Talent management, strategy, organizational culture, corporate culture, generation Y and generation X, women in business, Marks & Spencer, UPS, oil industry, Deloitte
Talent management is defined as “what an organization does to recruit, retain and develop talent for its future benefit.” This closely linked to the strategy and corporate culture and therefore the long term success of the organization. Understanding how to manage employees then is a key factor to maintaining profits.
Stephen Hoare is a well reputed journalist who has written extensively for newspapers such as The Financial Times, The Times and The Guardian. The book is a nice read over the summer break and gives many examples of management policies designed to improve overall HR performance. It deals with two groups of workers in particular; women and the so called Gen Y. It compares how their motivation may be different to the standard male forty plus executive and gives some excellent tips for improving talent retention.
The book has some international examples from the USA and India but most of the companies are UK based. It also provides metrics for assessing talent and talent management policies.
Some keys facts:
The length of time a big corporation can expect to stay up with the winners has fallen from 75 years in 1934 to just 15 years in 2010.
Marks & Spencer’s staff turnover is currently one of the lowest in the industry at 23% due to its talent management policies.
In the UK, around a third of newly qualified teachers give up teaching within their first three years. Having passed their probationary year in a school and becoming newly qualified, most receive no further career development.
When UPS studied why drivers left, they found that the turnover could be traced to the exhausting task of loading the trucks at the beginning of their shift.
In the oil business, for instance, it costs around $60,000 to replace an employee. With 25,000 employees and 20% attrition rate an oil firm could pay an astronomical $30 million to replace lost talent.
Companies with the highest percentages of women corporate officers have, on average, a 35.1% higher return of equity and 34% more total return to shareholders than companies with the lowest percentages.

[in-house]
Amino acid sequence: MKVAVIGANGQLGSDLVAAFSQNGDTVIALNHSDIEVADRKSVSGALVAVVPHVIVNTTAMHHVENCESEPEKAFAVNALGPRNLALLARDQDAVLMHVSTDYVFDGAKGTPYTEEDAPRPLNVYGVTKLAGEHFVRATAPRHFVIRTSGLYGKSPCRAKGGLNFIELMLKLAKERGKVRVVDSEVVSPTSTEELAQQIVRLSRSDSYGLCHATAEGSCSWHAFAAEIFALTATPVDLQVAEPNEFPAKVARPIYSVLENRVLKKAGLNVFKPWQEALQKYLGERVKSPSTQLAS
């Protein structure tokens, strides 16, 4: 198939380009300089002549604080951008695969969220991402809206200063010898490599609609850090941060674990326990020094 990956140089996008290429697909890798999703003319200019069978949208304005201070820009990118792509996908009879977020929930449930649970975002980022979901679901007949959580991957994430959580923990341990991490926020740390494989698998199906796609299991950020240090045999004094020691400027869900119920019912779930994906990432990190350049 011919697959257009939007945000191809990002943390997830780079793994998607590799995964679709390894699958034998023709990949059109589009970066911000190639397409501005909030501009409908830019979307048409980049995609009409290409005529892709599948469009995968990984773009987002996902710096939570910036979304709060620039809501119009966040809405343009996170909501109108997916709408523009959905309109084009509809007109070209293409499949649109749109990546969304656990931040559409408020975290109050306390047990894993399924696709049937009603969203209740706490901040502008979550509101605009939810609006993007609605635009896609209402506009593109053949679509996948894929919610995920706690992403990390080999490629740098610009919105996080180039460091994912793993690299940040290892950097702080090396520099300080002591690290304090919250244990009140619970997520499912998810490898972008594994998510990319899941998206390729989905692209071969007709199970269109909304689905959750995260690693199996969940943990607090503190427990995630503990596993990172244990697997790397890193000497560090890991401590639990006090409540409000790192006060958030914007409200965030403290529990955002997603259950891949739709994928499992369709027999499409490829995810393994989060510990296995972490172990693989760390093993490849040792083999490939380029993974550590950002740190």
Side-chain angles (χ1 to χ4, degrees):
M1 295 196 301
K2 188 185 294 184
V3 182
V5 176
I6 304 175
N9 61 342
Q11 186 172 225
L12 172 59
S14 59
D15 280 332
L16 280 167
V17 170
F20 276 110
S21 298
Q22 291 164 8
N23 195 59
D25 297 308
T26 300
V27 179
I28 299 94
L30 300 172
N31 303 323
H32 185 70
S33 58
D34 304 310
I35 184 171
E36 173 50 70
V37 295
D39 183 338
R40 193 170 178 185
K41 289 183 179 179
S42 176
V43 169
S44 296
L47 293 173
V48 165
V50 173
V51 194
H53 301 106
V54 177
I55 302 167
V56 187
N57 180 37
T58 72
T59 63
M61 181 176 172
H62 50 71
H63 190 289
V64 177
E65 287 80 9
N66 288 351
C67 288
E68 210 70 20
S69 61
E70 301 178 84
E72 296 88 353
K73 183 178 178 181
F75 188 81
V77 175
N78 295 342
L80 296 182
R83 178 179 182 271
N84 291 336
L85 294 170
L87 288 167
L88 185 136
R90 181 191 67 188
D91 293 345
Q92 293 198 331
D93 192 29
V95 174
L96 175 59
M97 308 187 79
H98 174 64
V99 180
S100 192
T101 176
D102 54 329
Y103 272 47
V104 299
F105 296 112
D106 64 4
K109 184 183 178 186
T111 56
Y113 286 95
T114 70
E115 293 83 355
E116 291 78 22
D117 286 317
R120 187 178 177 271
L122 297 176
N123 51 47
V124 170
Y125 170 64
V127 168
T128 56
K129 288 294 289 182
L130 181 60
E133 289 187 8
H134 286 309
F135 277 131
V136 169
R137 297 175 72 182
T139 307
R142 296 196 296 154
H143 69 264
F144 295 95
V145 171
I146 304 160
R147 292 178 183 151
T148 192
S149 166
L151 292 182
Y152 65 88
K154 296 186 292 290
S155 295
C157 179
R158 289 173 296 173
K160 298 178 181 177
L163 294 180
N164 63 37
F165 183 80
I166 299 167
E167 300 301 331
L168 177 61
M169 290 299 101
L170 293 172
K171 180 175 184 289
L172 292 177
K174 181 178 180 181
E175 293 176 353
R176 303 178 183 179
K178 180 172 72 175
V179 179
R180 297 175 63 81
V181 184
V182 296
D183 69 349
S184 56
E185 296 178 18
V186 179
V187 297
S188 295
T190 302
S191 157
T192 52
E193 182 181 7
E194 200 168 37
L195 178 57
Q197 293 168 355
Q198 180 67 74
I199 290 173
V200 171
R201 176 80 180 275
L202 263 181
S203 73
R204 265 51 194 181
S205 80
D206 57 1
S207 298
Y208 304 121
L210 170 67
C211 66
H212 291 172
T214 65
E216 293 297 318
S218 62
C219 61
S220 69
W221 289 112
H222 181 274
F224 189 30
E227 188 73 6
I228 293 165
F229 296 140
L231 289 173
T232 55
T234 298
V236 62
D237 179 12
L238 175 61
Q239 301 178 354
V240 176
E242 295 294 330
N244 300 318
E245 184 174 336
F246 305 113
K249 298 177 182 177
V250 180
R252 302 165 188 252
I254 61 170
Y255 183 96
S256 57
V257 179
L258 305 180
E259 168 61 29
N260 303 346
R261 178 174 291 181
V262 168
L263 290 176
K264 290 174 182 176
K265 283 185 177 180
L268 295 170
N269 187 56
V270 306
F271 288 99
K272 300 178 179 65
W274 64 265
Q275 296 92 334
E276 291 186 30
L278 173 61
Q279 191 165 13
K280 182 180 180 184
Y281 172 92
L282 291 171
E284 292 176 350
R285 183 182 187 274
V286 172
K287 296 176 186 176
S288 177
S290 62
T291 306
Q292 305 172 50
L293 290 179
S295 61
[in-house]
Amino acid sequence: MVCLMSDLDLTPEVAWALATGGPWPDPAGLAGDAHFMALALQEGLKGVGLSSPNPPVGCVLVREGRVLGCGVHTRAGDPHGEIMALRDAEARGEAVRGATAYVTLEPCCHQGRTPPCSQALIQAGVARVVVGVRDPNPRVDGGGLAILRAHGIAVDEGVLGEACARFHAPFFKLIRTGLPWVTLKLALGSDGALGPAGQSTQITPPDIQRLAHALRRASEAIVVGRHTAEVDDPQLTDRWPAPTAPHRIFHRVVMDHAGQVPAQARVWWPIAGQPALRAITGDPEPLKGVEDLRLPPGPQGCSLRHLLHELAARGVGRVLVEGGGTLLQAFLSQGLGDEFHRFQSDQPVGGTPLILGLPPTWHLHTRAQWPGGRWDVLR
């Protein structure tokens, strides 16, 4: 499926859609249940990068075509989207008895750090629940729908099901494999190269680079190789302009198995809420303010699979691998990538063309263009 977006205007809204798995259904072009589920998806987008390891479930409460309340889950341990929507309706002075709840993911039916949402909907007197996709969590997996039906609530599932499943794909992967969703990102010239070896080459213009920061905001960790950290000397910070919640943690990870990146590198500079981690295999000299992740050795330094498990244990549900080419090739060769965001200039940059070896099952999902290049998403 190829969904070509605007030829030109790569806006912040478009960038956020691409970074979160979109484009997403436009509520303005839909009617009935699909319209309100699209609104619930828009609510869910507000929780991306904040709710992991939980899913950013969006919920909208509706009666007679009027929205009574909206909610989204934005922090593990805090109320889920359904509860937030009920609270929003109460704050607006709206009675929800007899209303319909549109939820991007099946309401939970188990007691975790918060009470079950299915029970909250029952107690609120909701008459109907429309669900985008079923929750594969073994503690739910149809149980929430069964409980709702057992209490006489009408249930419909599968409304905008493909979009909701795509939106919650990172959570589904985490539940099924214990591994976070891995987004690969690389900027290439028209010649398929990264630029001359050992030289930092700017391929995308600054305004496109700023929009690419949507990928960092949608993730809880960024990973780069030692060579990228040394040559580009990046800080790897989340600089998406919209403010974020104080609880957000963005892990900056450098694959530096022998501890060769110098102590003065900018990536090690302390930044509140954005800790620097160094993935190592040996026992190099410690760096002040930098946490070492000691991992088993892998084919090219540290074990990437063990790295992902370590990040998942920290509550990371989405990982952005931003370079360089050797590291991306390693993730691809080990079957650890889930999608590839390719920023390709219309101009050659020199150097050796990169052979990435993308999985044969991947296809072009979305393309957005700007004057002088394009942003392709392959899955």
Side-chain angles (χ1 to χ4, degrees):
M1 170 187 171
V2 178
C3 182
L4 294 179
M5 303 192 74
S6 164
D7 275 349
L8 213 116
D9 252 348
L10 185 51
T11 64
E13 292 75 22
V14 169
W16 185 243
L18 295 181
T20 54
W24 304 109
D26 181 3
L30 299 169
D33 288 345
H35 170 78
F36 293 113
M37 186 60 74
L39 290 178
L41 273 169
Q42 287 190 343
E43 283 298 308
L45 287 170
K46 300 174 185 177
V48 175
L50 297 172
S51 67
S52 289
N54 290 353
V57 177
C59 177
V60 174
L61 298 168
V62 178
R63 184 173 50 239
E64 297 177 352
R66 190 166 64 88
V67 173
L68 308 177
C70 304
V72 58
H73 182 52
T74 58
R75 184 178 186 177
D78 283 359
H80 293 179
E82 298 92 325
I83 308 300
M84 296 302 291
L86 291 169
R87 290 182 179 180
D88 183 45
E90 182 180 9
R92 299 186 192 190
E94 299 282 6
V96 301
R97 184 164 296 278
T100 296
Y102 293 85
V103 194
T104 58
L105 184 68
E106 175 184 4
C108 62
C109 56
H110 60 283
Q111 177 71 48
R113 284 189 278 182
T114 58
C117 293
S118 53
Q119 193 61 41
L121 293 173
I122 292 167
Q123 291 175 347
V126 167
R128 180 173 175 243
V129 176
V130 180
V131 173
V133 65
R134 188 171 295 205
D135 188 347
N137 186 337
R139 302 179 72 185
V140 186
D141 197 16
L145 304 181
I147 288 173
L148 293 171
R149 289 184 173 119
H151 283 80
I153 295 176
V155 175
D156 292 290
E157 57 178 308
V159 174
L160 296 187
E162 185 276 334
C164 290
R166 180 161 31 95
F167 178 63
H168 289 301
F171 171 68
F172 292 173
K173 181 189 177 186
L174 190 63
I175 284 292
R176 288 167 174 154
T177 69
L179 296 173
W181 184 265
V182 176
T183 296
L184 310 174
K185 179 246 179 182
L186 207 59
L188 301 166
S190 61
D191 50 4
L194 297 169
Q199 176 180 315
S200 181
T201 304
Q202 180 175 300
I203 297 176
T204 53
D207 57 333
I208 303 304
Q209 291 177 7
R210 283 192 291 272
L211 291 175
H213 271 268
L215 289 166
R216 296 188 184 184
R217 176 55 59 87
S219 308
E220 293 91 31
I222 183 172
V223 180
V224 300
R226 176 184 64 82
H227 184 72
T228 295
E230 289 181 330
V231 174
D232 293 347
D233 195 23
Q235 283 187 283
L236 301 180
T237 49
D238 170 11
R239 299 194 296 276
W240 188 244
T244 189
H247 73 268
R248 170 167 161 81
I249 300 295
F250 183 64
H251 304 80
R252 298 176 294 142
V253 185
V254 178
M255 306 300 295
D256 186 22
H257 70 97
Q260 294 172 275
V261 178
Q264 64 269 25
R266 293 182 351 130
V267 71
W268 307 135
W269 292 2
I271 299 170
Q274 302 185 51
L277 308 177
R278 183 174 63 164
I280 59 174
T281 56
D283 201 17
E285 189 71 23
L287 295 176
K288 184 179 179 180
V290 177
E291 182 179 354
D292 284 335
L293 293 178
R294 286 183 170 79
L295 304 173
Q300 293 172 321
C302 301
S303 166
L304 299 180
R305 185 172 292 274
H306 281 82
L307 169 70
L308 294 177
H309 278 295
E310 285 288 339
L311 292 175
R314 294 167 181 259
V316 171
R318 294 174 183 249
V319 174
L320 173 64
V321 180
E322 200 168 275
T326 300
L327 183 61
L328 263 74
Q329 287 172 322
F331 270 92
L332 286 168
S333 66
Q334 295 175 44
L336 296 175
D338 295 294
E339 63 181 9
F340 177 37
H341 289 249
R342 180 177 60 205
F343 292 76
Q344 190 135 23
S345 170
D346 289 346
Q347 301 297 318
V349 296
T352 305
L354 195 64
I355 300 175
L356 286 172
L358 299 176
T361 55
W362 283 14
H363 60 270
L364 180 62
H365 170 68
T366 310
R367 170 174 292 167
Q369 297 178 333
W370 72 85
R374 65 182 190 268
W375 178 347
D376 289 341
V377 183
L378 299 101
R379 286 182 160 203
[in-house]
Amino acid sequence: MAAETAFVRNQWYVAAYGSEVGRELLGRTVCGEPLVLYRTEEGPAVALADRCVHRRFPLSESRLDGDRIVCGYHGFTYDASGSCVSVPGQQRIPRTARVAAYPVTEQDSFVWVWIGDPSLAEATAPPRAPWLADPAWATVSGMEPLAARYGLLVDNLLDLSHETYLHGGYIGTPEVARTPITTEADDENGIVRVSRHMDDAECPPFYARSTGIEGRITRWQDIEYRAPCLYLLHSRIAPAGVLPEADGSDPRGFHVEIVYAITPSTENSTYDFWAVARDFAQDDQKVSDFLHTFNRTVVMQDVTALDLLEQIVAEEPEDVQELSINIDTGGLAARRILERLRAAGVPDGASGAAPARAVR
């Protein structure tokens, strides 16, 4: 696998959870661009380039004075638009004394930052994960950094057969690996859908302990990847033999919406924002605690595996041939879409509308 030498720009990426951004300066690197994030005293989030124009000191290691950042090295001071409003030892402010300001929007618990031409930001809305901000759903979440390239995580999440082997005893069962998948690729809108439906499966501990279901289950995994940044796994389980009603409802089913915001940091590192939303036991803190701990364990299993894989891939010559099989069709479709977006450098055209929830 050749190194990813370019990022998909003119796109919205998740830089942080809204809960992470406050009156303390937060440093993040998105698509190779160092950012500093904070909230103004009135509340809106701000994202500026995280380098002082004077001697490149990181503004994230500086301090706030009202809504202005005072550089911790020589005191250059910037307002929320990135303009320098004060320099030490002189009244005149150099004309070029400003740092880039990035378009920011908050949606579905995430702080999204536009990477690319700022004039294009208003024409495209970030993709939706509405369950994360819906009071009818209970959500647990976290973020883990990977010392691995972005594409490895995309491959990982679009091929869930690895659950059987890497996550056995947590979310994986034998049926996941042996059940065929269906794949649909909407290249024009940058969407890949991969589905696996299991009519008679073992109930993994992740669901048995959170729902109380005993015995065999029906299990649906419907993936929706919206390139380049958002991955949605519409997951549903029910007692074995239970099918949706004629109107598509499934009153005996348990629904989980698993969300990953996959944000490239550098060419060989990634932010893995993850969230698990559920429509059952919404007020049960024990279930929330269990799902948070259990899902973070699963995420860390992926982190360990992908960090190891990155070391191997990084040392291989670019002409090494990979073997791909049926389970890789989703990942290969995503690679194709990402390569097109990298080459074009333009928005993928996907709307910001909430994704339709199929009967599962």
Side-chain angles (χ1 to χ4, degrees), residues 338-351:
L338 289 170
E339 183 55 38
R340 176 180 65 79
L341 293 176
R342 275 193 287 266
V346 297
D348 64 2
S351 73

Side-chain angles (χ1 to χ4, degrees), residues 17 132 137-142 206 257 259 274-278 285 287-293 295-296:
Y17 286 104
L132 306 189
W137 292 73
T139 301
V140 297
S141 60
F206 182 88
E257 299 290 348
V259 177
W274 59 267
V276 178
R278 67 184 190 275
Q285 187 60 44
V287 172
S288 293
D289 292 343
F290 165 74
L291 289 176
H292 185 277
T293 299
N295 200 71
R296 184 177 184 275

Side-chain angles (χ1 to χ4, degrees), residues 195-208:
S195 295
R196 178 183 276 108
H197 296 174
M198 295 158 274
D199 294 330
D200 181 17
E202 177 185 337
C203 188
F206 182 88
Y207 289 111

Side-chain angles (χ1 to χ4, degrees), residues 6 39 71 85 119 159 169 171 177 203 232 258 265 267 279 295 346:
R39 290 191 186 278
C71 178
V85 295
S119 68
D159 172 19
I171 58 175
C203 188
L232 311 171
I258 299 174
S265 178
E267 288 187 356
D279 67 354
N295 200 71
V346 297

Engaged employees work at up to three times the rate of the disengaged (William James, Harvard)
A Deloitte poll revealed that while 65% of companies are nervous about losing high potential employees and critical talent to competitors, only 35% have updated their talent retention plans.
While most (89%) American companies have at least one woman at executive committee level, only 32% of European companies and 18% of Asian companies do.
Interesting quotes from the book:
The CEO of the Indian IT services giant HCL has a bracing motto: ‘employee first, customer second’. Yet Vineet Nayar is no flaky idealist. His company has 55,000 staff with a market capitalization of $24 billion.
Significantly, the bigger the company the lower the levels of engagement amongst staff.
In the Fortune 500 companies, female executives leave at twice the rate of men because they become frustrated with their work environment.
Talent management is a process. No two companies will adopt it in exactly the same way; each is on a separate and unique journey towards making the best use of talent.
The Generation Y students, for example, fed on a diet of the internet and Facebook now expect to see video blogs and online diaries of role models from organizations to which they are considering applying.
Nurturing talents requires to value, involve, develop and inspire people (VIDI).
A recent US government survey predicted that a typical Generation Y would have up to 10 jobs before the age of 38. While this figure may well be reduced by recession, it does reflect an increased appetite for change.
Emotional commitment is four times as valuable as rational commitment in producing discretionary effort.
According to the recent government report on engagement, a 1% increase in employee commitment can lead to a monthly increase of 9% in sales.
Business School Grenoble EM International Affairs Higher Education ESC Grenoble Strategy Blog Global Ed Graduate Business School Mark Thomas
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